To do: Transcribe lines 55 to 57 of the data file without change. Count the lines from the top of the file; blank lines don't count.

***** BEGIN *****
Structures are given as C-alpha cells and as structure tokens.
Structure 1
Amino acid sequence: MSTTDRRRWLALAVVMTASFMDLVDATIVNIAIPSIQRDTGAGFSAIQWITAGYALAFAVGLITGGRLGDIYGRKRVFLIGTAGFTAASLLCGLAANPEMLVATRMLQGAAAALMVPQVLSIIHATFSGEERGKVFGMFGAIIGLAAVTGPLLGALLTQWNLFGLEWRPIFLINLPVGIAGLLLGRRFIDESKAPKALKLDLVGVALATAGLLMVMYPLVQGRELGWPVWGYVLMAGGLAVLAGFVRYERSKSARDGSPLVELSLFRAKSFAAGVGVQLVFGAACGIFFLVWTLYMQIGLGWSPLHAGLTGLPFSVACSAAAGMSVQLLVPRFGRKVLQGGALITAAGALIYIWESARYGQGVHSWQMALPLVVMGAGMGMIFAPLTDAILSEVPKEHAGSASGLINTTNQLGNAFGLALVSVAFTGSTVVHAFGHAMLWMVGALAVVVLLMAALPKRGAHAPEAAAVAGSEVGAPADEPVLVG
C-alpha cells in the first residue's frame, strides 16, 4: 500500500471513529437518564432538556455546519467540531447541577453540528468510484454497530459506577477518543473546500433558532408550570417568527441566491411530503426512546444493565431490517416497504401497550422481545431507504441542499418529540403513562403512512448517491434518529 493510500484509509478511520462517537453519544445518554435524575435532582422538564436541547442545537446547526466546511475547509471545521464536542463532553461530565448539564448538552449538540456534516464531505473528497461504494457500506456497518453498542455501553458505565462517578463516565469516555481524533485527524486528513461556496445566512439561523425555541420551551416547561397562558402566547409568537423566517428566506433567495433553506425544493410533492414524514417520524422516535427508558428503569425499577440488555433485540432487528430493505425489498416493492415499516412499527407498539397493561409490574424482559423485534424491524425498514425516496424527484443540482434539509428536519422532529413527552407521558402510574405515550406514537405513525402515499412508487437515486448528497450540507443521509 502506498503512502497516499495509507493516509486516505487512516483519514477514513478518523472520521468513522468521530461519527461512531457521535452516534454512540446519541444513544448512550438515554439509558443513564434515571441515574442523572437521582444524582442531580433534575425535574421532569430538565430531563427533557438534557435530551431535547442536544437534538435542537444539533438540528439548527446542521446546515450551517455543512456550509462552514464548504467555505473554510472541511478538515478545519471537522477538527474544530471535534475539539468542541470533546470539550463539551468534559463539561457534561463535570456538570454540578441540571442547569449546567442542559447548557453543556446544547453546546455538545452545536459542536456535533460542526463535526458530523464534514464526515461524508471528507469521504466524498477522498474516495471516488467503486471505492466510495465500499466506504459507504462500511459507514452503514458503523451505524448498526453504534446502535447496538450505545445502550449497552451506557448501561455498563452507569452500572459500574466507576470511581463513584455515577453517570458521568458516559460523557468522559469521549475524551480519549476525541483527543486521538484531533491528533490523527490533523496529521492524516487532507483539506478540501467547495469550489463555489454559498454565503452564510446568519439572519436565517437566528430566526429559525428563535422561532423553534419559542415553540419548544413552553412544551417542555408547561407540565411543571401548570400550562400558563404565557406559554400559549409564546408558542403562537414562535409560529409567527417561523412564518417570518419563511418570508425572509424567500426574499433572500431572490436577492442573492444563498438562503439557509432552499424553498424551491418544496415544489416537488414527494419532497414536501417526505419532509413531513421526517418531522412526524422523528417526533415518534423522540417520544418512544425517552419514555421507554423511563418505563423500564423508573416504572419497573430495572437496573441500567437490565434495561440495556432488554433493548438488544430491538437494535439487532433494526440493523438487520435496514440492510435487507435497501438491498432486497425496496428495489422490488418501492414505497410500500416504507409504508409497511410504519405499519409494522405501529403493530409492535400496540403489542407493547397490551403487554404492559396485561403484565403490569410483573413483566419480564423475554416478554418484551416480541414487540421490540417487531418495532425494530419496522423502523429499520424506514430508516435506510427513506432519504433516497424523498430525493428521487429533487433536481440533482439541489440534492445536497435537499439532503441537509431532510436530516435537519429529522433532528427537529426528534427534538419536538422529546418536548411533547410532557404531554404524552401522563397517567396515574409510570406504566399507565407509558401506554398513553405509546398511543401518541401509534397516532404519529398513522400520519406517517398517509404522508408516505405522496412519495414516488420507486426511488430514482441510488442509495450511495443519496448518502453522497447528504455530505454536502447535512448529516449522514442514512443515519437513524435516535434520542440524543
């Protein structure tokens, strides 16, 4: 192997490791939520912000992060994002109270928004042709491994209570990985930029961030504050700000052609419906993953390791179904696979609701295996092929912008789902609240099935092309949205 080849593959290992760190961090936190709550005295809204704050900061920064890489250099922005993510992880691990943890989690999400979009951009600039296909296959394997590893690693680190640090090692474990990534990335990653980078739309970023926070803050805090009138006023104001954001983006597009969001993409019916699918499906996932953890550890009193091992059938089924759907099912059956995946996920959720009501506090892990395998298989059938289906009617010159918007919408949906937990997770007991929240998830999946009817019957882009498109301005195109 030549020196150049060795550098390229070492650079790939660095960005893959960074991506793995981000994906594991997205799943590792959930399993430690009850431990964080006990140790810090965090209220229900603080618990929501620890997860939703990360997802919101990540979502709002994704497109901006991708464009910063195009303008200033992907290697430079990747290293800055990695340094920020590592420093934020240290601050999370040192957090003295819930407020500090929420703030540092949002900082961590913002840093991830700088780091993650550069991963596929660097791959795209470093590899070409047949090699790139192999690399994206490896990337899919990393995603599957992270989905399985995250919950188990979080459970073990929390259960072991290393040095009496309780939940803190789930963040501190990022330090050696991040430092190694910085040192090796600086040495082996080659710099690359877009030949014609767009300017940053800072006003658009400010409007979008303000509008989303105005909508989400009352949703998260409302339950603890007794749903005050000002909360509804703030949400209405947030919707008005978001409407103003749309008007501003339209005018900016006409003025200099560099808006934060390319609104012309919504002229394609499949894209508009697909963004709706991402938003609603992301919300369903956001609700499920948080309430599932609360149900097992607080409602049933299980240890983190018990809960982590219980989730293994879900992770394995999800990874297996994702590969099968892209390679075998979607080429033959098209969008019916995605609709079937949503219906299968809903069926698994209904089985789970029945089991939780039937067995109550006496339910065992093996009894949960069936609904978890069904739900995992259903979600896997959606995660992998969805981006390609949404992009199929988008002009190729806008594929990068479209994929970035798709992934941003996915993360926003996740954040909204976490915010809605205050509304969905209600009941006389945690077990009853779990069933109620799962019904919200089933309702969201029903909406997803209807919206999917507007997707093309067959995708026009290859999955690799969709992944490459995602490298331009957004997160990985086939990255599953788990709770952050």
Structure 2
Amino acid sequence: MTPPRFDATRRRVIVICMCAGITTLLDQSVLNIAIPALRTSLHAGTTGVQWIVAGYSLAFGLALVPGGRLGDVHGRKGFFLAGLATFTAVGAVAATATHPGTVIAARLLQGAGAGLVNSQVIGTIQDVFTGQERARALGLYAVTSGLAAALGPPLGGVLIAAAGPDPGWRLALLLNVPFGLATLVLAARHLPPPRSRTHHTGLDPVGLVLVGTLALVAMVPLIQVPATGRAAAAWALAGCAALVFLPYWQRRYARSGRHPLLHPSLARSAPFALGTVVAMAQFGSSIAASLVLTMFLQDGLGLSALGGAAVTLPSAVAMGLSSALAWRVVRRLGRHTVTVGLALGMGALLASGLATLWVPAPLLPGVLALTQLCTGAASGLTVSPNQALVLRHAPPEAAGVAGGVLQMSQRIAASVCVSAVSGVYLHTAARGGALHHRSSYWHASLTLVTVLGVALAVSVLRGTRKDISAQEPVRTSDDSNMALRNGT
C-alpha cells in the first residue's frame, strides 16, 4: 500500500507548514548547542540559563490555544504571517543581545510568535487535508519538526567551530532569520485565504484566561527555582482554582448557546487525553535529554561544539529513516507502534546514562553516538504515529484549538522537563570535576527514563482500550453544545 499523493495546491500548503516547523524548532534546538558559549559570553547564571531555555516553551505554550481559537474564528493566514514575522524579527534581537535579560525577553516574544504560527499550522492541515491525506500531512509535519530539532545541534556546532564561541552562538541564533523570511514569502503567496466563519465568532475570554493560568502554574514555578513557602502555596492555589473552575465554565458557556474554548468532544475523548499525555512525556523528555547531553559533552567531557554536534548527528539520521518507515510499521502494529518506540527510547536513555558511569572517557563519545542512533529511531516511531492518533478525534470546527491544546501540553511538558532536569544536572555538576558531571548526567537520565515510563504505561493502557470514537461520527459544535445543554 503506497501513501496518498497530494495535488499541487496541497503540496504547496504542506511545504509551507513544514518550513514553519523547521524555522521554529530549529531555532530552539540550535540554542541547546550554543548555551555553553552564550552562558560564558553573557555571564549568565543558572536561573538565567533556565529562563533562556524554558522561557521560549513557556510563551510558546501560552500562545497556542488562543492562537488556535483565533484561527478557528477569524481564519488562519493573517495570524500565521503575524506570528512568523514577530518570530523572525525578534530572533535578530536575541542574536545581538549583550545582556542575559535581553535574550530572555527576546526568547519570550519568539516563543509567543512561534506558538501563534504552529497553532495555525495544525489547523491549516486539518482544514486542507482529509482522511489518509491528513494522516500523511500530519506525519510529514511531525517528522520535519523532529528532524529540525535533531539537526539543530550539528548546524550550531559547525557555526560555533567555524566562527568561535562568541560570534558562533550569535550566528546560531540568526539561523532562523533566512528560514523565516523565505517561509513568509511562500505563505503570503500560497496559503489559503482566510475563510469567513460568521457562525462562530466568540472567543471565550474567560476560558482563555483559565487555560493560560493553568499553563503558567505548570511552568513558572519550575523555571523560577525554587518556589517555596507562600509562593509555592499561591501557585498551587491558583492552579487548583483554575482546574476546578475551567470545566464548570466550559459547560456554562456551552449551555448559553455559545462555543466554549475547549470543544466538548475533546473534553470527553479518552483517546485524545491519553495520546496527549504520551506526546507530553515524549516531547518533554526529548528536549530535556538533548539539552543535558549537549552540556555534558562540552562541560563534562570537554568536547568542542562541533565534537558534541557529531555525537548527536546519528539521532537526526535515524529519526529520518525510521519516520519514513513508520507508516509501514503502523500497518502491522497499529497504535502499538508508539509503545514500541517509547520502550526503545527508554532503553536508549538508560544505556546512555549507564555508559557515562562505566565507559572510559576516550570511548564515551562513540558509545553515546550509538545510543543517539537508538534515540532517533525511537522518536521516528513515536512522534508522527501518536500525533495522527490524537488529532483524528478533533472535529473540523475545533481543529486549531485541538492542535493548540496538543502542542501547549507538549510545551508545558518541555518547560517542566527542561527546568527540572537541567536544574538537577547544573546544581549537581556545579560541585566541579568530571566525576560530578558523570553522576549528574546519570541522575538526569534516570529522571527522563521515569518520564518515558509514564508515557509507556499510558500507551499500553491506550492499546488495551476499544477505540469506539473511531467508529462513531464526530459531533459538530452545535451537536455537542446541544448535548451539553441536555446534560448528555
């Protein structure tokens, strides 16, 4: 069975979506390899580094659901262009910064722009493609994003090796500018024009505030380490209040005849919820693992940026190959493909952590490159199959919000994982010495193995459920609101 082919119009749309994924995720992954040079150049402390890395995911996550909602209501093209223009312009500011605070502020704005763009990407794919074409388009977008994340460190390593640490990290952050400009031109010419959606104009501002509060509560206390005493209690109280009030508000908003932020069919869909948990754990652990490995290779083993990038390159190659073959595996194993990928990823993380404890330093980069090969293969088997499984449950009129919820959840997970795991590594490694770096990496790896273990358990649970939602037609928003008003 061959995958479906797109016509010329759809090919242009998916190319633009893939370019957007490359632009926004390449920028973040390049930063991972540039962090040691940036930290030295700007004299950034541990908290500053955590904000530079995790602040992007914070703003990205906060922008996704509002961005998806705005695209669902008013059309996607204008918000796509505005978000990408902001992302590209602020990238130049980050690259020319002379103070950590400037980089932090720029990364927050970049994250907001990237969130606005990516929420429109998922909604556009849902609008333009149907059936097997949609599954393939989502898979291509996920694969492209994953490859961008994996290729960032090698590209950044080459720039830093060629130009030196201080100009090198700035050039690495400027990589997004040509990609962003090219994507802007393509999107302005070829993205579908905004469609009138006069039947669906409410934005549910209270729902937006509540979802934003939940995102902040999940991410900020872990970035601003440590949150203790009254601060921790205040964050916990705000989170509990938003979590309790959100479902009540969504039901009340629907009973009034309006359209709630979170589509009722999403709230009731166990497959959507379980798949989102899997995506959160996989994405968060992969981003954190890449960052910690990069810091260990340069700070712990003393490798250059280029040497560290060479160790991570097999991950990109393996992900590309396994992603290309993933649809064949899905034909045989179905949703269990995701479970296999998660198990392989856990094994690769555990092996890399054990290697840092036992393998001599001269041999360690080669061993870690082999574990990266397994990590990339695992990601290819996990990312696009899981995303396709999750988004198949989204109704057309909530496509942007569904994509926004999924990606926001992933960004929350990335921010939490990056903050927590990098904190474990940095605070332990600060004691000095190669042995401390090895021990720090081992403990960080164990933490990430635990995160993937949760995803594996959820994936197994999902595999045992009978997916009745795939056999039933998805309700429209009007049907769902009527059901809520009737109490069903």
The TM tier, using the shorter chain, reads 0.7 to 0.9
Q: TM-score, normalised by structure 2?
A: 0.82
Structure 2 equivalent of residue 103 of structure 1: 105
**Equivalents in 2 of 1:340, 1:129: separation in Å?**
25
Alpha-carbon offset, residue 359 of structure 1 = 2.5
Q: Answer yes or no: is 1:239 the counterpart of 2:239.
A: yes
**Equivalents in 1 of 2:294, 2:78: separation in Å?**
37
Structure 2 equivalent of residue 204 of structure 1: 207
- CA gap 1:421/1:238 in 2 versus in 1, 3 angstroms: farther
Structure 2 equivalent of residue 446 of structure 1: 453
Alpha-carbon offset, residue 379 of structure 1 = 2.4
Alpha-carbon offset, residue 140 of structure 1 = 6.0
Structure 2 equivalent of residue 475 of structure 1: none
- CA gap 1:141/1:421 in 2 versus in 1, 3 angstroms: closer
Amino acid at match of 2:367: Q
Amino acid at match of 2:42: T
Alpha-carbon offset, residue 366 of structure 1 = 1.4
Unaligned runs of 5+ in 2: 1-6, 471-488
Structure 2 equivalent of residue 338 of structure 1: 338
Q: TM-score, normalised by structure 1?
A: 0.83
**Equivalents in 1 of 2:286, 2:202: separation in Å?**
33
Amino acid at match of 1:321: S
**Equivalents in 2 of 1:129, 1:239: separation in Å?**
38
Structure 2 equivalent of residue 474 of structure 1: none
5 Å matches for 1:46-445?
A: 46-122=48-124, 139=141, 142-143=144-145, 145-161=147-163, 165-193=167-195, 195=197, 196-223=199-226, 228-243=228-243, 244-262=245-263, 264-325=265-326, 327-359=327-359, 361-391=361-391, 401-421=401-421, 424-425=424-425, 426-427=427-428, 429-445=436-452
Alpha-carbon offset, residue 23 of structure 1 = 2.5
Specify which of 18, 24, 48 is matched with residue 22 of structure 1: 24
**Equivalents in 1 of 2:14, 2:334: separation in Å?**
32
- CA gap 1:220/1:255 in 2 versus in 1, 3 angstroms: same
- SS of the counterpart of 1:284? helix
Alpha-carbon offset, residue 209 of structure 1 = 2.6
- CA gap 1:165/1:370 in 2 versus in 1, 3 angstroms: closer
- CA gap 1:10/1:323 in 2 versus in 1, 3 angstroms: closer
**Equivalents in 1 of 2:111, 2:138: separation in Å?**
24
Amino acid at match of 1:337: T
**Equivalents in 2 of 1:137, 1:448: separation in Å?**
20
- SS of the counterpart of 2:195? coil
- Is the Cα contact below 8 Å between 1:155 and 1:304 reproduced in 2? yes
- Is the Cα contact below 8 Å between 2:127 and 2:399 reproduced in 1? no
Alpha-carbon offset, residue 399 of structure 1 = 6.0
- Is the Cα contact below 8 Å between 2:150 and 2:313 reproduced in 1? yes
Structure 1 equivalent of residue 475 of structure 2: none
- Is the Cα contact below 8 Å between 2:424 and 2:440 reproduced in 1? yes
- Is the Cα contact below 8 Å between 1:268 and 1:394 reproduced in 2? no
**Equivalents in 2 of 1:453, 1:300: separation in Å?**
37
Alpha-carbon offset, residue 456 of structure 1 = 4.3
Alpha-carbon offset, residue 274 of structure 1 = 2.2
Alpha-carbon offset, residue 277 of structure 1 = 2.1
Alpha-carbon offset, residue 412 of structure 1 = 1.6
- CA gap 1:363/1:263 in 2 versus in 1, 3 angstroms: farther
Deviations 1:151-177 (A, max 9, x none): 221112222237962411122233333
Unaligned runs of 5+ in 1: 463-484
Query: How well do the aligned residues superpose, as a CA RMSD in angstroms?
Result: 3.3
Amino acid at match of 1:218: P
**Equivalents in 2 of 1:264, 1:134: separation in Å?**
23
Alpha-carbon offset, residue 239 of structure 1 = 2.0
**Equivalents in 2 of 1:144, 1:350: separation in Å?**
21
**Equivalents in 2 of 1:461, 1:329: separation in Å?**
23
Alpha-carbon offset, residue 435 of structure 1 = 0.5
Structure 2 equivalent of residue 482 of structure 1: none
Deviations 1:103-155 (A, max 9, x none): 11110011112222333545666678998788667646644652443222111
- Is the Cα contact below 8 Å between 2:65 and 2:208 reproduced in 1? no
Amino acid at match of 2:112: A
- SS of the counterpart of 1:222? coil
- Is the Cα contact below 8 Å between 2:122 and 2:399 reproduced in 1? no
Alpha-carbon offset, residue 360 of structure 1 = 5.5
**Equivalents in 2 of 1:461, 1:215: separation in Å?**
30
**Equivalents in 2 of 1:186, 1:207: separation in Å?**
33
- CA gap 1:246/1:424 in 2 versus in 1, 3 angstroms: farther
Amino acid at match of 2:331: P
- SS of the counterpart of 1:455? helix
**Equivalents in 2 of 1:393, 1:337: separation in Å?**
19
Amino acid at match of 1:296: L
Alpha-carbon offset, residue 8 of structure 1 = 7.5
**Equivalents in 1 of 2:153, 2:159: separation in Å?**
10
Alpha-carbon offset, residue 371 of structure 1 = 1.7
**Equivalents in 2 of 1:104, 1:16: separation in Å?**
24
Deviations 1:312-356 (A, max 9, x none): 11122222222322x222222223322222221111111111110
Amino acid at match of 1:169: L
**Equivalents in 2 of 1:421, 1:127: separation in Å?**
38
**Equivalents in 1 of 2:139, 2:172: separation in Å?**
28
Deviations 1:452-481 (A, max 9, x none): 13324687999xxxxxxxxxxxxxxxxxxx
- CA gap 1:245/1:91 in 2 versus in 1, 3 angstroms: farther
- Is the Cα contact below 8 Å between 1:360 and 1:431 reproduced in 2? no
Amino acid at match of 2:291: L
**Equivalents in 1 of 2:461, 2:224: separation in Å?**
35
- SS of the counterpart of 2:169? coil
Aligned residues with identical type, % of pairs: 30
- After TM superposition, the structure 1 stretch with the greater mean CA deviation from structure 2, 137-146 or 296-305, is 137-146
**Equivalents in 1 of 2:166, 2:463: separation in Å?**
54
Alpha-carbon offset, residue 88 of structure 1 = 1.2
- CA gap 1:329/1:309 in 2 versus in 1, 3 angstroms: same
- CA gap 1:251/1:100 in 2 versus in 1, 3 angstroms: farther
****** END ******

**Equivalents in 2 of 1:137, 1:448: separation in Å?**
20
- SS of the counterpart of 2:195? coil